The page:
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Project Manager Carly Remm has proven to be a great asset for Foss Atlantic, having successfully triaged many of the safety issues encountered during the reactivation of a fleet of dilapidated vessels, returning (to date) five vessels back into safe service. Throughout these and other challenges, she continues to set a high standard, lifting the overall performance of her colleagues to ensure the safety of Foss’s people, vessels, and environment.

Tell us about yourself. Where did you grow up? Where did you go to school?

I grew up all over the southwest and Northeast. I went to USMMA and graduated in 2006 with a bachelor’s degree in Marine Engineering.

Tell us about your career, your current position, and what led you to it.

Upon graduation, I accepted a sailing position with Crowley Maritime on the company’s Invader Class tugs running from Jacksonville to Puerto Rico. The following summer, I was accepted into the Port Engineer Training program, where I sailed on various tugs and barges. This allowed me a comprehensive opportunity to experience the varying types of operations.

At that time, the petroleum ATB program was underway, and that’s where I settled in—as an Assistant Port Engineer working my way up to Port Engineer, managing ATBs and Tankers for eight years.

In 2021, I started to look for opportunities to get back into operational engineering and found the role with Foss Atlantic as the Fleet Engineering Planning Manager. The role was intriguing to me, as it combined reliability engineering with maintenance and equipment operations and the operational challenges faced in an interactive petroleum service. I accepted this role, eager to know I would be back in direct communication with the vessels and mariners.

I (later) found a role within Foss as a Project Manager, where I aspire to grow and support the team with my knowledge and understanding of operational requirements and help excel the brand and reputation with future work and projects.

Tell us about the importance of building a culture of safety from the ground up. In your own words, why do you believe you were nominated for a safety award?

Culture is a learned trait. A strong safety culture is designed in all sectors of business, as society has made clear that being safe and not causing harm is the right thing to do and what is best for organizations. By combining strong beliefs with proper work ethic, procedures, routines, and acceptable behaviors, anything can be changed and improved. This is how I relate to safety.

I believe I was nominated because I am confident in my experiences and knowledge of vessel operations and management. As the Fleet Manager, it was my role and responsibility to share with the new fleet the Foss safety culture and expectations.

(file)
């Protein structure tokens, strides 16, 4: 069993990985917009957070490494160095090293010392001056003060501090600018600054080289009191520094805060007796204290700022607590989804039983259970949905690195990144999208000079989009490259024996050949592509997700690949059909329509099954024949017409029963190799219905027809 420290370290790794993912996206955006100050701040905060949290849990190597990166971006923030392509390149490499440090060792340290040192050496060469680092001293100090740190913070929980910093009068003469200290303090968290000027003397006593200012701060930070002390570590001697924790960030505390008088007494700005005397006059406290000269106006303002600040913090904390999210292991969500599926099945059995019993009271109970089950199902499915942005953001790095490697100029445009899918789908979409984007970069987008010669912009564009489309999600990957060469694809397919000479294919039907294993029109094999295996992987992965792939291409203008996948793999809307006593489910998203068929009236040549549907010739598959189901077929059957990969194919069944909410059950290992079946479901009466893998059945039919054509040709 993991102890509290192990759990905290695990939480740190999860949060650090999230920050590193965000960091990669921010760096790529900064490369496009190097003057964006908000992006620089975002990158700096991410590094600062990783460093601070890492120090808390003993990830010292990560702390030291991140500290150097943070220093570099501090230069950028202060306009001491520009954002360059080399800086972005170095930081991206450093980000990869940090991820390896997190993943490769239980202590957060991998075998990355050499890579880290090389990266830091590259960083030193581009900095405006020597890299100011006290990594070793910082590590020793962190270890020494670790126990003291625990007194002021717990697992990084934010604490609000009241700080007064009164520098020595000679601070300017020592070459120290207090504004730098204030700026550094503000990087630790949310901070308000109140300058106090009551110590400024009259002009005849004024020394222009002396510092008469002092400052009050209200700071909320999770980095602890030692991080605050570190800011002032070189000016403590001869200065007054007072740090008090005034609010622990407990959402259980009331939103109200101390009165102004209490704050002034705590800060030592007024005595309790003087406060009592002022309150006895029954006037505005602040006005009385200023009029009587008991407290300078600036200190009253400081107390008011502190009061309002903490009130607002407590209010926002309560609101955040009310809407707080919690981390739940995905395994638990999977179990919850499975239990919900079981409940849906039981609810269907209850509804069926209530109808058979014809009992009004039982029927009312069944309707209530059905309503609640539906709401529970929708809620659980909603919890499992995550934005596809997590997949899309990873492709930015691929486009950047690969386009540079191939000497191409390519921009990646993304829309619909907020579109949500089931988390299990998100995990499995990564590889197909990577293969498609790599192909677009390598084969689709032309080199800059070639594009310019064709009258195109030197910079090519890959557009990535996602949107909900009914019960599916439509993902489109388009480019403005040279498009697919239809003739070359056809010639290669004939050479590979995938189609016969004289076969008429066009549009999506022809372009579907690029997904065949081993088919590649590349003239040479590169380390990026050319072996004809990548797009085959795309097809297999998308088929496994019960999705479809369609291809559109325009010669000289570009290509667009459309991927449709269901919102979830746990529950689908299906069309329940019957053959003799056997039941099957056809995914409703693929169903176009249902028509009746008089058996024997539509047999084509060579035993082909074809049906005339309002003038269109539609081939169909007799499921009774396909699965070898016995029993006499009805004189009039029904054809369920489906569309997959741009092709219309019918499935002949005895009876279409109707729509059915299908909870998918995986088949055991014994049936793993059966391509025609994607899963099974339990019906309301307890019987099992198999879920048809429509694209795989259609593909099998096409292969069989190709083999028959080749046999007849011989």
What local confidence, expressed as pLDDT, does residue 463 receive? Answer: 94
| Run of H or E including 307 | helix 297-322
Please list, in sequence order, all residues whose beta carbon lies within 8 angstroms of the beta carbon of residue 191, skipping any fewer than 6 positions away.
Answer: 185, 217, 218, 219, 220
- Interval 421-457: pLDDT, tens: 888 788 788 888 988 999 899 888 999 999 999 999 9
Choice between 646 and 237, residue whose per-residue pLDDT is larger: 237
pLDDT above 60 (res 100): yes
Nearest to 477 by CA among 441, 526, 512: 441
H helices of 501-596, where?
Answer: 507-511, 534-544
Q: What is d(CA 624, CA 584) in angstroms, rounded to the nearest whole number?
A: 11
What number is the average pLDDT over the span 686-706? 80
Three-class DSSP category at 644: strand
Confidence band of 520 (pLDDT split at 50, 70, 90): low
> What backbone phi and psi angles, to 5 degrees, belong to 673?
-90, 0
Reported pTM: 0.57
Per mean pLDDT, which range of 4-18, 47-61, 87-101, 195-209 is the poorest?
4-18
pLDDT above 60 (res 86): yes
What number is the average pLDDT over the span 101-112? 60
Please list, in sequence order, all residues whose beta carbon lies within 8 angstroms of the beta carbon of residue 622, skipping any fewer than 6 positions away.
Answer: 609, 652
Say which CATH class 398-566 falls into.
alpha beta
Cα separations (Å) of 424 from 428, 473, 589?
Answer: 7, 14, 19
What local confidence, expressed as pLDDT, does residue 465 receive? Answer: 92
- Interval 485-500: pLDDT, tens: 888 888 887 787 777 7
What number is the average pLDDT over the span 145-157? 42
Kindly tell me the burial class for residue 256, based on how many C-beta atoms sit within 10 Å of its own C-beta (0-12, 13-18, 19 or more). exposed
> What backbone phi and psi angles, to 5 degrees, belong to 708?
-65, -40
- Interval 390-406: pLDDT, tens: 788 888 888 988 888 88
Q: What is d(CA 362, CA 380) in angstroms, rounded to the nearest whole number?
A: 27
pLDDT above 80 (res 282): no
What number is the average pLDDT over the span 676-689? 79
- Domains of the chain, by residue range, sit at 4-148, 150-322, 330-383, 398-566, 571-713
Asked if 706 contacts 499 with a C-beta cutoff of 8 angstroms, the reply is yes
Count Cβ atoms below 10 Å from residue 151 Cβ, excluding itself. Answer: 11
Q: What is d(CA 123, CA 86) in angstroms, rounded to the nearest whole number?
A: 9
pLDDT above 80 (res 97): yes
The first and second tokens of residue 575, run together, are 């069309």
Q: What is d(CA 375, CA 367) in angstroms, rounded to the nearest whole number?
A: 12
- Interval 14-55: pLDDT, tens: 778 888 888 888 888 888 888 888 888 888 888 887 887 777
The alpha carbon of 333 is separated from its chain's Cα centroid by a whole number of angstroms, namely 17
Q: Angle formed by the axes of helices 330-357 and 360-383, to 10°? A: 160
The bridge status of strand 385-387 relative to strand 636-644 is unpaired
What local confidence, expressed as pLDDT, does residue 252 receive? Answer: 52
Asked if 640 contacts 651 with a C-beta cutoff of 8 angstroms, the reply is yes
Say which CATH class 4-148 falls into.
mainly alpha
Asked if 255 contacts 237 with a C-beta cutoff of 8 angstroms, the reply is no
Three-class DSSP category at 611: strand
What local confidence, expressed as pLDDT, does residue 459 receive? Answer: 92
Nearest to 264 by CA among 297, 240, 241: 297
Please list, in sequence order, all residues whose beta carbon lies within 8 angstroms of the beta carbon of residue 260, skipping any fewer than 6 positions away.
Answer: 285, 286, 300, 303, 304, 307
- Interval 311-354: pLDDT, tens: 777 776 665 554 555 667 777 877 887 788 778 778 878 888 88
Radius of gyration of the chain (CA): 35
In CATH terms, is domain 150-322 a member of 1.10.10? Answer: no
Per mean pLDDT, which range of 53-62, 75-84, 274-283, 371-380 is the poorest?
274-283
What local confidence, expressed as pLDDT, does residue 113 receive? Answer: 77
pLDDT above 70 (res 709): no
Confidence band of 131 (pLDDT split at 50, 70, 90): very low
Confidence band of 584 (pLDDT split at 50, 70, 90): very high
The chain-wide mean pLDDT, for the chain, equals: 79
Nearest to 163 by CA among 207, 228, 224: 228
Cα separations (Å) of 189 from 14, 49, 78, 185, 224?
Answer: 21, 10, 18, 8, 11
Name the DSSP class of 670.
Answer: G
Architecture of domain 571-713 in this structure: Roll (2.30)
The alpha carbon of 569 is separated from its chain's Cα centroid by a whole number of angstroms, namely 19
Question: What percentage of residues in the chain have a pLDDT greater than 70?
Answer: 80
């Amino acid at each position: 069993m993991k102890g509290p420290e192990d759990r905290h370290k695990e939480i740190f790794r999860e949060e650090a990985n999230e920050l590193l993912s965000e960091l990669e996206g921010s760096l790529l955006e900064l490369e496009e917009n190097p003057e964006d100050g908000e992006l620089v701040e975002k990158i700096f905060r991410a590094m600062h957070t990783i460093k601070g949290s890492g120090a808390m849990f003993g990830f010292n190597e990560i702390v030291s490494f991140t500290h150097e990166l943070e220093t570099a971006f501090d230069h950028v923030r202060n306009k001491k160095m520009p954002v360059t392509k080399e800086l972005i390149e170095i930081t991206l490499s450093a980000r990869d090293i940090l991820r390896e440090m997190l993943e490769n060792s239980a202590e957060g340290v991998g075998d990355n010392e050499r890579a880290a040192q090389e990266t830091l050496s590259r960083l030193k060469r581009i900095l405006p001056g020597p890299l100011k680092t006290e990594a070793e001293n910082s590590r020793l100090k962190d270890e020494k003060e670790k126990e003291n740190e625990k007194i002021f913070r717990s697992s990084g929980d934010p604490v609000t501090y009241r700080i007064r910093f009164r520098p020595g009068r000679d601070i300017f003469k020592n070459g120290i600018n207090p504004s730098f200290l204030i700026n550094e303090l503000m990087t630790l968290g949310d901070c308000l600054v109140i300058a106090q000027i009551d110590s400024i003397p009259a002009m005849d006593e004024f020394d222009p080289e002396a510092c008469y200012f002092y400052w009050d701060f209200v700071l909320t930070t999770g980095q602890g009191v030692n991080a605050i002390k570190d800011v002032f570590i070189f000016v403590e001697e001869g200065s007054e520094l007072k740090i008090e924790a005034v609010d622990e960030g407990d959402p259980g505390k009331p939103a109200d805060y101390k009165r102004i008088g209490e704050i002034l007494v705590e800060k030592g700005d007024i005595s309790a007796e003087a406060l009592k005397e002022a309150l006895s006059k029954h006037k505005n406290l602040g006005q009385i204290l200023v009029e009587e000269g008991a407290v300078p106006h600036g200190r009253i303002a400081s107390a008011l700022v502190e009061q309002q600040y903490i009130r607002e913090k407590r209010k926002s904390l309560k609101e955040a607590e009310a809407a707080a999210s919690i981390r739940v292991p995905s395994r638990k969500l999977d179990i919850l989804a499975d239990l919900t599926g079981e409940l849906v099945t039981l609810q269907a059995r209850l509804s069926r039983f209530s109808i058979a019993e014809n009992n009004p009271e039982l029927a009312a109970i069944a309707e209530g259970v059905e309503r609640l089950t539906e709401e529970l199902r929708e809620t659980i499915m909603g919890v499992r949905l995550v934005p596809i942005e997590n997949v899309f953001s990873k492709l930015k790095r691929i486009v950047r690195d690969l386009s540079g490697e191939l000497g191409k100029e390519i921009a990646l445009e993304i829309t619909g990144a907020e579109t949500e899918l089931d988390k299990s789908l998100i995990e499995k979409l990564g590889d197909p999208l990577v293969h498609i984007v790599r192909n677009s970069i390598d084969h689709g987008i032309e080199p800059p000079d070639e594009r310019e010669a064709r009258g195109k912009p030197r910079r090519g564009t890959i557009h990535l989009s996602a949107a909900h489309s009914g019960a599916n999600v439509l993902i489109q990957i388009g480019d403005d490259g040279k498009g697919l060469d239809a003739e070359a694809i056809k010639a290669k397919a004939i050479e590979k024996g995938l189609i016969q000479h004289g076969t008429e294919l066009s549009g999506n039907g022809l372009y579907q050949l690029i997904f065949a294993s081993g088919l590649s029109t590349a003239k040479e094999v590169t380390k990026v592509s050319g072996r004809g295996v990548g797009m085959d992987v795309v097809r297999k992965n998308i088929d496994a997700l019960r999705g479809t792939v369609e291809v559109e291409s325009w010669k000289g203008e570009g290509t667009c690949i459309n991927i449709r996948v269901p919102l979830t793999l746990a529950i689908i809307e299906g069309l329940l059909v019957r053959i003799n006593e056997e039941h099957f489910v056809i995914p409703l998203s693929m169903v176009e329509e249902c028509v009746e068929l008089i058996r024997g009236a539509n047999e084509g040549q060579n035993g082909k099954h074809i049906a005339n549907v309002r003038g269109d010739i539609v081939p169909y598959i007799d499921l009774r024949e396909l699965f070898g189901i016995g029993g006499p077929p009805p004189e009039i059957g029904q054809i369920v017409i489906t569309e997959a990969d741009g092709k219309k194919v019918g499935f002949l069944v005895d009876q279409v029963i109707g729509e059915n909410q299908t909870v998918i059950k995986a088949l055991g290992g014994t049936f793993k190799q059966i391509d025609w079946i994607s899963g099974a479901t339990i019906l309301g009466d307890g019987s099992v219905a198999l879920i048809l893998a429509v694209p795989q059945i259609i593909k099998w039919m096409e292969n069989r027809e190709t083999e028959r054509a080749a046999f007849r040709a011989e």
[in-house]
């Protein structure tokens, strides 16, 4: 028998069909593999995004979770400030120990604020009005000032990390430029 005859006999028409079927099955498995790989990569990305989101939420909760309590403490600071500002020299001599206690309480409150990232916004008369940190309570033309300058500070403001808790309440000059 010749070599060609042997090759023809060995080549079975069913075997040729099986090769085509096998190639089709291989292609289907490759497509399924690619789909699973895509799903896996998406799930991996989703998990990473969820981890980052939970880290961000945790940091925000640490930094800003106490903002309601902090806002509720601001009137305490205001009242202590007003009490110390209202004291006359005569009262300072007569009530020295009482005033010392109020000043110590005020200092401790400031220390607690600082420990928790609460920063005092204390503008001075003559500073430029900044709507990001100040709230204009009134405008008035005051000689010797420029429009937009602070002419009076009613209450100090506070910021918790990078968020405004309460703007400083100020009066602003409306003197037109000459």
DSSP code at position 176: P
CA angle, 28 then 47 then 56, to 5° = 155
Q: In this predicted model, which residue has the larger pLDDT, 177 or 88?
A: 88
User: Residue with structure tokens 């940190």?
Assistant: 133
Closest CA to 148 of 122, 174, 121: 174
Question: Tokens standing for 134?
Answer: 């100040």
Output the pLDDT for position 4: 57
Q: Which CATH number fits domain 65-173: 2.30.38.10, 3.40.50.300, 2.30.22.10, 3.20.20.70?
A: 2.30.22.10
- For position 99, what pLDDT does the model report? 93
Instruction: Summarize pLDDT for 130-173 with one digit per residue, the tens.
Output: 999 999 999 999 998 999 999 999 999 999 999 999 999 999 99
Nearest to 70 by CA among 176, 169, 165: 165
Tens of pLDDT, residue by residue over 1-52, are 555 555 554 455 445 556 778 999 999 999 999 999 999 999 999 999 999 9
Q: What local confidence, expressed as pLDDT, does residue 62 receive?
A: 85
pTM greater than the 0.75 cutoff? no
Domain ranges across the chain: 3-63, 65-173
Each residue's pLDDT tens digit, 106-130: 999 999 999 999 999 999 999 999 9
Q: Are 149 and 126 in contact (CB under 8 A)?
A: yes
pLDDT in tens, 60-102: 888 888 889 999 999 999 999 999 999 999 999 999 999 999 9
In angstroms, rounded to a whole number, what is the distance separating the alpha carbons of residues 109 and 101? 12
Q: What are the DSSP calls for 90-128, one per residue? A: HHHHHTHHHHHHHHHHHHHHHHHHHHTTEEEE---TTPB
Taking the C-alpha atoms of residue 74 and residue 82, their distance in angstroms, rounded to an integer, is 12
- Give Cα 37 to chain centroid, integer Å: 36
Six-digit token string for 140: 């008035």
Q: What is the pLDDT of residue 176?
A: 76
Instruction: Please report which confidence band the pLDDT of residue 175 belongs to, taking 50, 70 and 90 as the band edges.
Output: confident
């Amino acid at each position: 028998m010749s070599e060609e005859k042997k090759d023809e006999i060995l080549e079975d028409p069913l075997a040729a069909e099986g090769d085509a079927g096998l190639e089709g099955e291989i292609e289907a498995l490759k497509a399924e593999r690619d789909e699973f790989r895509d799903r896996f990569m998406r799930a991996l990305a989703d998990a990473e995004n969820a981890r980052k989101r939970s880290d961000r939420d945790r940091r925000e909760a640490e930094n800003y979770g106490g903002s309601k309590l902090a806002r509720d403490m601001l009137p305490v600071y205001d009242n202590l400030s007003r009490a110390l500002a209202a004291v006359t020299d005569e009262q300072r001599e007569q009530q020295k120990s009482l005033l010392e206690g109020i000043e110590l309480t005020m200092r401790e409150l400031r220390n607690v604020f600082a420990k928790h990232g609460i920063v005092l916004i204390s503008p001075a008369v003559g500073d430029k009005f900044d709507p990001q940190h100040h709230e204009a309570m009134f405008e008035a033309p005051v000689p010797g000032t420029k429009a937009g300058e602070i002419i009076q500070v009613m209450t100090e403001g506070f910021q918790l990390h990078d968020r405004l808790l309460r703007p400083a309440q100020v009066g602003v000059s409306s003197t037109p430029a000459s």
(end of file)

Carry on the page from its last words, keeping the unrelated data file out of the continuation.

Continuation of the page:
Is there something in your life that drove your understanding of and commitment to safety?

My commitment to safety comes from having sailed and seen firsthand the risks that mariners take daily. I am also a Merchant Mariner’s wife, so (safety) is always in the back of my mind.

What was your first impression of Foss Atlantic? Tell us your favorite story about your time with the company.

When I accepted the role for Foss Atlantic and heard the vessels were from a defamed maritime company, I understood the foundational practices that were allowed by the previous managers. While this might have been a deterrent, I was keen to support and change these bad habits and molded values. I knew it was going to be hard and a long haul, but with a strong foundation from Foss Maritime and the support of our DPA and HSQE departments, I knew we were going to make huge strides in changing the perception of safety and engaging the mariners in a cleaner and safer operation.

Speaking up for safety can be difficult for some people. What advice would you give to someone within our family of companies who’s convinced their feedback won’t matter—or worse, that they’ll somehow be punished for taking action?

My advice is to stay curious and ask questions. If you are uncomfortable asking why or slowing down work because you don’t understand, think of what could happen if there was an incident. Asking why or asking about policies and procedures will help to re-engage all team members involved in the task, where the group should reflect on their own experiences and what the SMS says before attempting the work.

On the main page of our learning management system, the embedded video is “Foss—Speak Up, Take Action.” This is a reminder every time we go to complete our training and ongoing learnings. Our culture demands that we say something if we’re unsure. The video reminds me that I won’t be retaliated against for asking a question or slowing down the work. We have the support and expectation from Foss, Saltchuk Marine, and Saltchuk to be ethical and safe at all times and have the power to speak up.

Missed our Q&A with Foss Maritime Deckhand Engineer Leray Leasure? Read it here!

Hilary Reeves

Hilary Reeves spent 10 years as a newspaper reporter and editor before joining the Saltchuk family of companies as a consultant. Since People of Saltchuk launched in 2014, Reeves has interviewed more than 200 Saltchuk employees from operating companies all over the world. Born in Tacoma, Washington, Reeves is a former president of both the collegiate and local professional chapters of the Society of Professional Journalists, a graduate of the Society’s Ted Scripps Leadership Institute, and a Toastmaster. When she’s not writing, she loves to read, ski, and practice the piano. She lives in West Seattle with her husband and two young daughters.